In his current juncture, he’ll probably be a lot like Matt Hardy in the sense that he’ll be fed to the uber-protected Hangman Adam Page, or he’ll get fed to Orange Cassidy, but make no mistake that his acquisition pretty much solely exists for him to get fed to someone, because in spite of what AEW proclaims about their feelings about the WWE, they’re going to take every chance they can to bury any WWE mid-carders that come over, like they’ve done with Tye Dillinger, Zack Ryder, Evan Bourne, and what they’re unfortunately doing to Rusev as well.
That is unless… this is all part of a bigger, more grandiose scheme, and in the event that I actually have a reader, I must disclaim that this is the part of the post where I will go off the rails and discuss a wild theory that is obviously never going to come to fruition, but I’d like a fucking oracle if it did.
But basically, Impact Wrestling, formerly known as TNA, is basically Hydra from Marvel Comics. AEW, with their fancy cable television deal and seemingly endless bankroll from the Jacksonville Jaguars, thinks they’re being progressive and innovative by working with other promotions, and thought they were being charitable and being generous gods to Impact Wrestling, whom I honestly didn’t even know were even still in business, since there was some weird bastardized divorce between TNA, the Carters, the Jarretts and then I guess spawned into Impact Wrestling on one end, and Global Force Wrestling on another but anyway.
AEW thinks they’re helping boost and support a fledgling Impact Wrestling, but really Impact is playing AEW. Slowly, they’re infiltrating Tony Khan’s networks and his baby federation, and we’re seeing slight influences with guys like the Good Brothers getting substantial television time on someone else’s show. Kenny Omega is basically a brainwashed conduit from the slick-speaking Don Callis, who is experienced and wise in the business, and is stealthily gaining power and influence in someone else’s promotion.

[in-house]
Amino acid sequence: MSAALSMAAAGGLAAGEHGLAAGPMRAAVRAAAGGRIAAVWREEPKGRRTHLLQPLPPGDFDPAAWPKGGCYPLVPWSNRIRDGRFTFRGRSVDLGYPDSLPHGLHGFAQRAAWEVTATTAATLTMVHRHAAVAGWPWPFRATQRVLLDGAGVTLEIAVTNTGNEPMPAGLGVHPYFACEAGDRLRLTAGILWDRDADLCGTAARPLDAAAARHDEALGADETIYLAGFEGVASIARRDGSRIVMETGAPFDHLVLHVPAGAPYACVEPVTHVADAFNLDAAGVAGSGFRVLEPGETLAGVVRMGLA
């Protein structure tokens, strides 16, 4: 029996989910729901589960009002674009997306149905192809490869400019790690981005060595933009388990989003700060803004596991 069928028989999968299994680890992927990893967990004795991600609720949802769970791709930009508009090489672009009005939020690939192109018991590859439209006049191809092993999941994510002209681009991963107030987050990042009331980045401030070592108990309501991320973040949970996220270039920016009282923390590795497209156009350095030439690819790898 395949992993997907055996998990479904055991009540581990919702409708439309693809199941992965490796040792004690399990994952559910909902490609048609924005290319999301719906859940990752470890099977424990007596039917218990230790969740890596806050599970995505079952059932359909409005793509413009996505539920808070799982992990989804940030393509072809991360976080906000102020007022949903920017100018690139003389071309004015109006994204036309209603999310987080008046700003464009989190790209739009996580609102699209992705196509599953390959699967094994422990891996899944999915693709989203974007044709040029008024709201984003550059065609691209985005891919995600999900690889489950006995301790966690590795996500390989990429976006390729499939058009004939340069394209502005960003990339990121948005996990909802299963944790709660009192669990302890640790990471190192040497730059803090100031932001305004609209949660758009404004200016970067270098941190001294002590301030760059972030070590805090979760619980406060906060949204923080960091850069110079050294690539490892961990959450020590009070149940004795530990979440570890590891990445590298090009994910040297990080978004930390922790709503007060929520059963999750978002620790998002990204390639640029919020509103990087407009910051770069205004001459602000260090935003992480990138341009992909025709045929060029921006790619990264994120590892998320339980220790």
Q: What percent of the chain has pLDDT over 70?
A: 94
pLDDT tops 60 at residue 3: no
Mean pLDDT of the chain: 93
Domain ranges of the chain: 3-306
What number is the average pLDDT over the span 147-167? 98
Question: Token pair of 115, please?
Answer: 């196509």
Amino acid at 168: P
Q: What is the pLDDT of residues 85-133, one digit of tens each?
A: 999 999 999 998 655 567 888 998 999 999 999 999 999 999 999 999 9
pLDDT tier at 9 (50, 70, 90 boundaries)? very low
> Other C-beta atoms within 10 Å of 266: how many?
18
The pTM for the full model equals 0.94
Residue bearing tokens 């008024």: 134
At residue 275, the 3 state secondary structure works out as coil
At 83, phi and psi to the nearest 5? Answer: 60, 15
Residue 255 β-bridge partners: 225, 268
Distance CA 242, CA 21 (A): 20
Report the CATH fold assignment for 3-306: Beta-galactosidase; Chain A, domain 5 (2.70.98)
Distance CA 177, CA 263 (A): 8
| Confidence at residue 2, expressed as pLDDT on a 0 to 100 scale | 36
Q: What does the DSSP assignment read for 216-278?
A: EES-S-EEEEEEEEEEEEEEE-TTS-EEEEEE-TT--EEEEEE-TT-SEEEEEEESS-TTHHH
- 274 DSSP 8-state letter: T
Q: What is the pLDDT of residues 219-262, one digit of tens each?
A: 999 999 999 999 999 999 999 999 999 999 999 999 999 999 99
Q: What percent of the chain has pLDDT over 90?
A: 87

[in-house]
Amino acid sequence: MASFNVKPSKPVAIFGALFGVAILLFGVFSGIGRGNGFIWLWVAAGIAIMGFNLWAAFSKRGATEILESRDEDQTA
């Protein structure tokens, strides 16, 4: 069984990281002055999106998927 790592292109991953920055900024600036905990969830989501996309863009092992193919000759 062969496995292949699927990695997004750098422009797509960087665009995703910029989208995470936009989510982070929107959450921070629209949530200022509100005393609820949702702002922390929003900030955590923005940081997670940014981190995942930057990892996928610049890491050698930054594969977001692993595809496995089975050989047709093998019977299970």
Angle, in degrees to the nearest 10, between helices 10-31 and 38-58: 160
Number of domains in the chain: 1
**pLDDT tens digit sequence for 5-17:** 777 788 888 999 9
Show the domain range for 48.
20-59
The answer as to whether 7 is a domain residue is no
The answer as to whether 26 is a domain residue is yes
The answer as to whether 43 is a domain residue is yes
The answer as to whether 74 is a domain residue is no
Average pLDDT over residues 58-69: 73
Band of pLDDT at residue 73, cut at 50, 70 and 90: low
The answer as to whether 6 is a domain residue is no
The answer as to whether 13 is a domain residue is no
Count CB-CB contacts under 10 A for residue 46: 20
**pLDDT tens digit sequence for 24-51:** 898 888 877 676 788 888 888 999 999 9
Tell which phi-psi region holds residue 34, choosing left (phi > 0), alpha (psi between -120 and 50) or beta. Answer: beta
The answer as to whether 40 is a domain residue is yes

Former TNA/Impact talent starts getting signed to AEW, like Christian and Sting, and eventually guys like Samoa Joe and Kurt Angle will start popping up in AEW as well, former TNA world champions like Bobby Roode and EC3 will emerge, and before we know it, there will be some match where the Elite guys and some rando Bullet Club guys will be fighting Sting, and gradually there will be a moment where it’s realized that suddenly in the ring, all the Weebs will be outnumbered by all these guys from the TNA days, and Don Callis basically declares the Hydra-like takeover of AEW by the ghosts of TNA.
And because AEW opened the door with cross-promotions like NWA and New Japan, the new Impact now has their tendrils touching those relationships, and next thing you know, guys in New Japan will be wrestling ladder matches for Sonic’s ring and having all sorts of weird Blank-cup tournaments for no real prizes, while Kenny Omega and the Young Bucks will be having reverse battle royales.
Either way, it appears that in spite of all of AEW’s promises for change and innovation, it looks more and more that they’re basically turning into an actual TNAEWCW, which is a sad pathetic amalgamation of oldest, old and new, but all meeting the same fate – failure.
I would love to be proven wrong, because I do believe competition is what makes for great innovation, but when the day is over, the WWE really hasn’t been challenged since WCW’s 83 weeks of winning the ratings back decades ago now, and in spite of all of AEW’s big talk, they really haven’t done anything to move the needle of competition, at all. And Christian sure as shit isn’t going to help that.